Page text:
The objective of the challenge is to engage young people in this issue, which is vital to the success of South Africa’s constitutional democracy, and to encourage them to produce ideas that can help to strengthen the integrity of the country’s corruption-fighting entity.
Competing teams and individuals are invited to submit their proposed draft legislation and accompanying explanatory memorandums of not more than 5000 words by no later than 31 July 2012.
Submissions will be evaluated by a panel of retired judges in South Africa, who will decide which team or individual most deserves the prize.
The R100 000 will be split into two prize categories: If a faculty submission is selected, half of the prize money will be awarded to the winning participating faculty, while the remaining half will be divided amongst the students deemed most deserving by their faculty. In the event that an independent (non-university) winner is chosen, they will receive R10 000 and the remaining R90 000 will go to the best university submission. In this case, the faculty will get R45 000 and the students will receive an equal share of the remaining R45 000. Glenister has also included 6 Galaxy Tablets as part of the prize.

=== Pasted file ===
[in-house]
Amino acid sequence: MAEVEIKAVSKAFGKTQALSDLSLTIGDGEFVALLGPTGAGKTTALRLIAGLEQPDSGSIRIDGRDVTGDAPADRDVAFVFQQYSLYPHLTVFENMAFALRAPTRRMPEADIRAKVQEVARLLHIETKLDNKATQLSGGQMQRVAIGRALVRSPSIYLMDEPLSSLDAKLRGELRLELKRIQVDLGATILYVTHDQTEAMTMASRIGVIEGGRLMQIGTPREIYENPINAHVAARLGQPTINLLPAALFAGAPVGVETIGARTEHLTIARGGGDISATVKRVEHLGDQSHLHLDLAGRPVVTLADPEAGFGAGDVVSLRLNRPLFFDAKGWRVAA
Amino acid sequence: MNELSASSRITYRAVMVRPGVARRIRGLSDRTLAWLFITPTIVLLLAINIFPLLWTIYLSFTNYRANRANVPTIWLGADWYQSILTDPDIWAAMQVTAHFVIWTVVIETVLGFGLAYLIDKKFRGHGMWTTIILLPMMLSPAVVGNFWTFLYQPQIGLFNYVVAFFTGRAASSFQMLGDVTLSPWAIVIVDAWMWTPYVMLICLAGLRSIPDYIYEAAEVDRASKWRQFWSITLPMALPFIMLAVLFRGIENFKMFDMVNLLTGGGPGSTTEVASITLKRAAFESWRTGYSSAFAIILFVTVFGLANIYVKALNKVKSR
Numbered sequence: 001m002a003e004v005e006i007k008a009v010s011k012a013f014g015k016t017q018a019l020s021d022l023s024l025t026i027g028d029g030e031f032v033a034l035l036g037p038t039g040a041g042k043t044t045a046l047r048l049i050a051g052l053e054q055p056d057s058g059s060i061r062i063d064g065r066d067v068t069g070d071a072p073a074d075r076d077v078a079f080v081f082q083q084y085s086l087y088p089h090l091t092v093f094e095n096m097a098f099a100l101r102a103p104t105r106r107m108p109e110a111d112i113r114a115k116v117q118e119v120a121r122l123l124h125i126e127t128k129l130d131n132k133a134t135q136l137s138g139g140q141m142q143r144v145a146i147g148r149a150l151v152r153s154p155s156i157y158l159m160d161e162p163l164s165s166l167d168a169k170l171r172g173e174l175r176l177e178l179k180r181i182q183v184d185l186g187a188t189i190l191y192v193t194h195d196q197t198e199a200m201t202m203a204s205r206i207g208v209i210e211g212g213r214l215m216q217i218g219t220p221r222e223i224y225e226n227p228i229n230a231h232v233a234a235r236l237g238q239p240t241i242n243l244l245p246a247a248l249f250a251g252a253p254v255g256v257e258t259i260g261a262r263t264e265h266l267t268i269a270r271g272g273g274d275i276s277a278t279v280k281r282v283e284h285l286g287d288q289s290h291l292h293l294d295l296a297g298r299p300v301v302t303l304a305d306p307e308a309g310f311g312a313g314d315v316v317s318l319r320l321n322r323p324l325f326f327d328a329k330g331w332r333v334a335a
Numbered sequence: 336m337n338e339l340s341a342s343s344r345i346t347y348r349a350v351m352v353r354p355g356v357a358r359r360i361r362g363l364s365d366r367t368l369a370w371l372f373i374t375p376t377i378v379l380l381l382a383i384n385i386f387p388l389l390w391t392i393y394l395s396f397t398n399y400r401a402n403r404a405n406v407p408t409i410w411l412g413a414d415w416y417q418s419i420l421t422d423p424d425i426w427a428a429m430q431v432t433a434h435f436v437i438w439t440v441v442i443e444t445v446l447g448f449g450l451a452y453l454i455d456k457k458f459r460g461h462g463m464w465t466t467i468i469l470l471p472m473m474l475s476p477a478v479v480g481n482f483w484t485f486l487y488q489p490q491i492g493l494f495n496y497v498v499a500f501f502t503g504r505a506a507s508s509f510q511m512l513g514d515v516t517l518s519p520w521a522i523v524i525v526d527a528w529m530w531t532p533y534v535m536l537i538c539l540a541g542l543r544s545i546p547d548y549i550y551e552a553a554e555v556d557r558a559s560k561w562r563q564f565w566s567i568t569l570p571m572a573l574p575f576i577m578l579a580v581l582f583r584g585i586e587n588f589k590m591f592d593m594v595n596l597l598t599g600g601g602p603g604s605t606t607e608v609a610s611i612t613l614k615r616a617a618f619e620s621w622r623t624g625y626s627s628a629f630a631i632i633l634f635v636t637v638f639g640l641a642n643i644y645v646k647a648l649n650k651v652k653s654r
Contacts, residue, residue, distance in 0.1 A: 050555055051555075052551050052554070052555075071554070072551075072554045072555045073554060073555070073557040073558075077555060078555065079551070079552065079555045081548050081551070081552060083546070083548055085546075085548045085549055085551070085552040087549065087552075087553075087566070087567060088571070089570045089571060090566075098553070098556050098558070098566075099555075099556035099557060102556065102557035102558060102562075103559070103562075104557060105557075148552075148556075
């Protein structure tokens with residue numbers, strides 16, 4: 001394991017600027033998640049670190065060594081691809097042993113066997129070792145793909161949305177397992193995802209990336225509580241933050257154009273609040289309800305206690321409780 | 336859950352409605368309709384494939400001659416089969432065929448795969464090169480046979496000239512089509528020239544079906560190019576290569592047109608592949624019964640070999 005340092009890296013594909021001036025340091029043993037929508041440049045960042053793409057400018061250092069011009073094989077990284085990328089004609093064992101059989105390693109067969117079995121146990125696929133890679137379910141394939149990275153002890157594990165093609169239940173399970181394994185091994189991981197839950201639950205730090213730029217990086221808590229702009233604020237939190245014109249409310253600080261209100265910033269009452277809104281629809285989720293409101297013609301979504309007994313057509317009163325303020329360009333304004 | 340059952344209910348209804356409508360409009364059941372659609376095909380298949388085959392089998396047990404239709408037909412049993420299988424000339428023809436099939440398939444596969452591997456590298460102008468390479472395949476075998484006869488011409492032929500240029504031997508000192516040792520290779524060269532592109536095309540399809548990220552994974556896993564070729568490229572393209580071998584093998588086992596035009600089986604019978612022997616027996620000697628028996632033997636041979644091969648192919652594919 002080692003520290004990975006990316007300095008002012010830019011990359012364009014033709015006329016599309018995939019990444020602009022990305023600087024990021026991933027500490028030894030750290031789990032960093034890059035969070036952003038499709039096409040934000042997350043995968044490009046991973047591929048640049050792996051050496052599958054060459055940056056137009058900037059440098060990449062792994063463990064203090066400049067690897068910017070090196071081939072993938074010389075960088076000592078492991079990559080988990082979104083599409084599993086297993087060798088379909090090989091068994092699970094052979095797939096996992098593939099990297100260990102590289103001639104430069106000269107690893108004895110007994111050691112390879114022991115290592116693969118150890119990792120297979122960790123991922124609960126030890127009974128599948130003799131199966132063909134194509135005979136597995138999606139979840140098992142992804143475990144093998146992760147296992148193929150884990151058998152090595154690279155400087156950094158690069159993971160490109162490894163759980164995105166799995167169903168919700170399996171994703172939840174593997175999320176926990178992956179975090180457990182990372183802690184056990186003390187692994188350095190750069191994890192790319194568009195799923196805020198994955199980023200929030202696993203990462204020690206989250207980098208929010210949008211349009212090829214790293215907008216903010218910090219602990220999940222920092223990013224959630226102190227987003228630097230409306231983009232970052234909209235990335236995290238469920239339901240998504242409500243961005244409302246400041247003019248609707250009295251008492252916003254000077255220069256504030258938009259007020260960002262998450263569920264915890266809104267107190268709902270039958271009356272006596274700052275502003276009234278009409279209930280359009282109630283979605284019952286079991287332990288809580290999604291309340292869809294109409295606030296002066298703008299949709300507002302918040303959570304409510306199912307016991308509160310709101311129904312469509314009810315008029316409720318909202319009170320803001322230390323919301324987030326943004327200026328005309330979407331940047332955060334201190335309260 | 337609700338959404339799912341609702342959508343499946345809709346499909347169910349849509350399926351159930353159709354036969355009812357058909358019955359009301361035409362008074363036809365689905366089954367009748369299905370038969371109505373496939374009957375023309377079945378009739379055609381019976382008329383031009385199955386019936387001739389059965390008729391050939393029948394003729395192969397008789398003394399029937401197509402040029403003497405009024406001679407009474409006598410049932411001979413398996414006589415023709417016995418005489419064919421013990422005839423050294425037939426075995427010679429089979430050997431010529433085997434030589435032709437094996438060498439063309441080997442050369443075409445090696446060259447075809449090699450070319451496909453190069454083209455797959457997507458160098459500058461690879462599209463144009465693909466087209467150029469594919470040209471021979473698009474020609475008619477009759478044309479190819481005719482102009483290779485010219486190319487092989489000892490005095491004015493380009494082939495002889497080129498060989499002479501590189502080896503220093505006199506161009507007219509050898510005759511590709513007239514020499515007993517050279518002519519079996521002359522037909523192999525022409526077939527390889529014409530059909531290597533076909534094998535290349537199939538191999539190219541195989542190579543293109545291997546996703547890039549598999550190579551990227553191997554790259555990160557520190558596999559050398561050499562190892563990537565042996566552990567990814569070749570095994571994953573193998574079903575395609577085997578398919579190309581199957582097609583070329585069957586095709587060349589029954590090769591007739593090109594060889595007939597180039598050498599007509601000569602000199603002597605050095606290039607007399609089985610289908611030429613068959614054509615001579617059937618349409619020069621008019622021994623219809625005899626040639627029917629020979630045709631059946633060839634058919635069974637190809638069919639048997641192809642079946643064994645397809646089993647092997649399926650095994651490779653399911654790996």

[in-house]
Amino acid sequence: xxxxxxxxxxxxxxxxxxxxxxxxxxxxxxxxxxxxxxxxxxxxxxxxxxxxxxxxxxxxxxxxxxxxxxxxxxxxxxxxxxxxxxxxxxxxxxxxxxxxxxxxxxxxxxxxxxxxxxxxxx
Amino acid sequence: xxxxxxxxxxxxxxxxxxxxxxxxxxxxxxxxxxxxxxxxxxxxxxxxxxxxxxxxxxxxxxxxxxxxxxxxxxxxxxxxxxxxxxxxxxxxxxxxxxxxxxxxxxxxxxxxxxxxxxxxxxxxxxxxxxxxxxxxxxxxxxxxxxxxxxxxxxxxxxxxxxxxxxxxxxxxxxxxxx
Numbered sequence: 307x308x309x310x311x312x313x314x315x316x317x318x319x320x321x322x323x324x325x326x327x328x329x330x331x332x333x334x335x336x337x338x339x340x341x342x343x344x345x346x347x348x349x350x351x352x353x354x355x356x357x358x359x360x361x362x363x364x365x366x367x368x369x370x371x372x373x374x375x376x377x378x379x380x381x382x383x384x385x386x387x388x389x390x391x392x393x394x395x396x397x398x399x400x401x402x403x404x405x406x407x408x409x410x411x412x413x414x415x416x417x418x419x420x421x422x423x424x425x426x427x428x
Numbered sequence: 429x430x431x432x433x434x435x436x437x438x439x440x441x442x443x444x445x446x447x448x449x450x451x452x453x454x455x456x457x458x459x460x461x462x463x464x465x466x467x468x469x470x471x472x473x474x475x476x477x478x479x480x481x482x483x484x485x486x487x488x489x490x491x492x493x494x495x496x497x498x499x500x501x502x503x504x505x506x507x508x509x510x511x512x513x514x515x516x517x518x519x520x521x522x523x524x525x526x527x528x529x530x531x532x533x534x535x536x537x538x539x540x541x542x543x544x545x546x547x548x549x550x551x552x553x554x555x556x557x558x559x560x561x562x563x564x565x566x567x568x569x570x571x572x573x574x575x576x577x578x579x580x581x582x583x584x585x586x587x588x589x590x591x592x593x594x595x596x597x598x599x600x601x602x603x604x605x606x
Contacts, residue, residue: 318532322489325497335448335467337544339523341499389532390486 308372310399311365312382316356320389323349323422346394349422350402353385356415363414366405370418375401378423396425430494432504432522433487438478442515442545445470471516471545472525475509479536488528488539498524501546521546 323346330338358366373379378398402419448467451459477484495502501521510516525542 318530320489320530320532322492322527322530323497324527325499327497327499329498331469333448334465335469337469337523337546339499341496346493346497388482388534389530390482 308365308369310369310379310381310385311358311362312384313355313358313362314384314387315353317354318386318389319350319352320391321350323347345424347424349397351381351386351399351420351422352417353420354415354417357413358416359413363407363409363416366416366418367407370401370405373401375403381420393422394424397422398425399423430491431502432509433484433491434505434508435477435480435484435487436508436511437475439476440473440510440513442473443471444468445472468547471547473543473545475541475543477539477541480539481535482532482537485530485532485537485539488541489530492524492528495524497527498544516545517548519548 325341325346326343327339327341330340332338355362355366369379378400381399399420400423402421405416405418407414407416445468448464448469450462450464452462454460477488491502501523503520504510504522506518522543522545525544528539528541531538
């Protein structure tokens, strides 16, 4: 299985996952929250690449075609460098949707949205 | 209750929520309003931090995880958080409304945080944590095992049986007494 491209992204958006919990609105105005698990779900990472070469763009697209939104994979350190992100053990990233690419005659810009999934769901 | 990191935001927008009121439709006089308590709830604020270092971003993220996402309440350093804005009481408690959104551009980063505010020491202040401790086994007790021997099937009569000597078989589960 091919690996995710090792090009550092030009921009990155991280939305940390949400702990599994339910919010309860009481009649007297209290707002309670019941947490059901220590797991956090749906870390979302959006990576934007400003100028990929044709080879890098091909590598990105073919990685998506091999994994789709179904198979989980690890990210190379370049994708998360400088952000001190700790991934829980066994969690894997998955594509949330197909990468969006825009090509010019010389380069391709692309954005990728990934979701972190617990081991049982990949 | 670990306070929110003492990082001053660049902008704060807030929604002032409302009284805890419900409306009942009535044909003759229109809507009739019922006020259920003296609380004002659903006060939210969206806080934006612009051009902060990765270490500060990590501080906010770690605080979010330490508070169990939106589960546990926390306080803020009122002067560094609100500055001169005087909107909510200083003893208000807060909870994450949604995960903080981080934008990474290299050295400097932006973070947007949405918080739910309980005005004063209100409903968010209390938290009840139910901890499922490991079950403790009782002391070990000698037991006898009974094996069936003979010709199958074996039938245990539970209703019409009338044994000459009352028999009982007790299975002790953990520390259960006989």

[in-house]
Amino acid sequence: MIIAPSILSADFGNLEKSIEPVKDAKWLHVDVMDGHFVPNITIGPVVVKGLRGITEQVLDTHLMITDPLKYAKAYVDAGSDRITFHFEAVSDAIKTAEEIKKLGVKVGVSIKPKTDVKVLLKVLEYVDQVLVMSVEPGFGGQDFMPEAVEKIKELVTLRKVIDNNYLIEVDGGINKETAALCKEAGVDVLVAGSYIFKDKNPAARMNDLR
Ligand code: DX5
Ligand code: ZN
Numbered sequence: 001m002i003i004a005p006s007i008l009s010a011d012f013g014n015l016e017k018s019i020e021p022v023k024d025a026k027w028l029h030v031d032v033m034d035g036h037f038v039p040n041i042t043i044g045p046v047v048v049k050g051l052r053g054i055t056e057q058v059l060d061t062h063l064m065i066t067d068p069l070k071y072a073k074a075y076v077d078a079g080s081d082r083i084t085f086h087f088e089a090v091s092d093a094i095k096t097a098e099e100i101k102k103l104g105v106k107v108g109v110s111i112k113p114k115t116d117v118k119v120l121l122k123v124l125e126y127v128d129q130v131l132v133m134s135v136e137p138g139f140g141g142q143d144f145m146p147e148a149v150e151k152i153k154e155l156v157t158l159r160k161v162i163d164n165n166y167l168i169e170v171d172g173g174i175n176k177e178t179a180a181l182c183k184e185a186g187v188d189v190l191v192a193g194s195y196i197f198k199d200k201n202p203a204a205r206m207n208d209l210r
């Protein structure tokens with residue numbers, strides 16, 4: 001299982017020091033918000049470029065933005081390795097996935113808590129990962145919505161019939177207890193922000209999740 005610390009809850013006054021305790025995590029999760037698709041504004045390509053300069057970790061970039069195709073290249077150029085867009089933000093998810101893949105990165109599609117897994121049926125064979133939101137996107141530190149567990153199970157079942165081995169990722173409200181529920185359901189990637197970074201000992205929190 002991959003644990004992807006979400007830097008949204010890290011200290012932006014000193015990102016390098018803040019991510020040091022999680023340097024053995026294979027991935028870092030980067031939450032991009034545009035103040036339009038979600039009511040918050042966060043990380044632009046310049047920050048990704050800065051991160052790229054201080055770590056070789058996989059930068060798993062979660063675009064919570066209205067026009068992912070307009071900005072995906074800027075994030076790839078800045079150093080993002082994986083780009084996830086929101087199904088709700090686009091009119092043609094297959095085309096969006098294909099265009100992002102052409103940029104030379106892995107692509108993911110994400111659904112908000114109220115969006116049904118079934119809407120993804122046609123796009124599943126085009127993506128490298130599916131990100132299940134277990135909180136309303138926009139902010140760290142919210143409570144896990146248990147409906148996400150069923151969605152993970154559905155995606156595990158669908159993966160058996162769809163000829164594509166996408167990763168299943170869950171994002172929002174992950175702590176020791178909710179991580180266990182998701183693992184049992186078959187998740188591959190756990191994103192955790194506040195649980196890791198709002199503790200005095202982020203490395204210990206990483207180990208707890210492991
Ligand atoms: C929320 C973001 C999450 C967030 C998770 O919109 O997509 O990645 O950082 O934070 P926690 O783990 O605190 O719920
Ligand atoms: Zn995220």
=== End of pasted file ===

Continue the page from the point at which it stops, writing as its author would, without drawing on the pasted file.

Only one entry per team or faculty, submitted in English, is allowed.
Entry forms are available from email@example.com. Completed entries must be submitted to this email address as well as in hard copy to PO Box 33, Noordhoek, 7979, RSA, by 31 July, 2012.
The panel’s decision will be made public on 30 September 2012.
The judgment in the Glenister case can be found at www.ifaisa.org.
Notes to editors:
Timeline on Hawks ruling
|2001||The Scorpions unit is established to supplement the efforts of existing law enforcement agencies in tackling corruption and organised crime.|
|April 2005||After concerns are raised in the criminal justice system and the intelligence community over the Scorpions’ role and function, former president Thabo Mbeki appoints Judge Sisi Khampepe to chair a commission of inquiry into the rationale for the unit’s establishment.|
|February 2006||The Khampepe Commission recommends that the Scorpions remain in the National Prosecuting Authority, but that the unit’s law enforcement responsibilities be subject to political oversight by the safety and security minister.|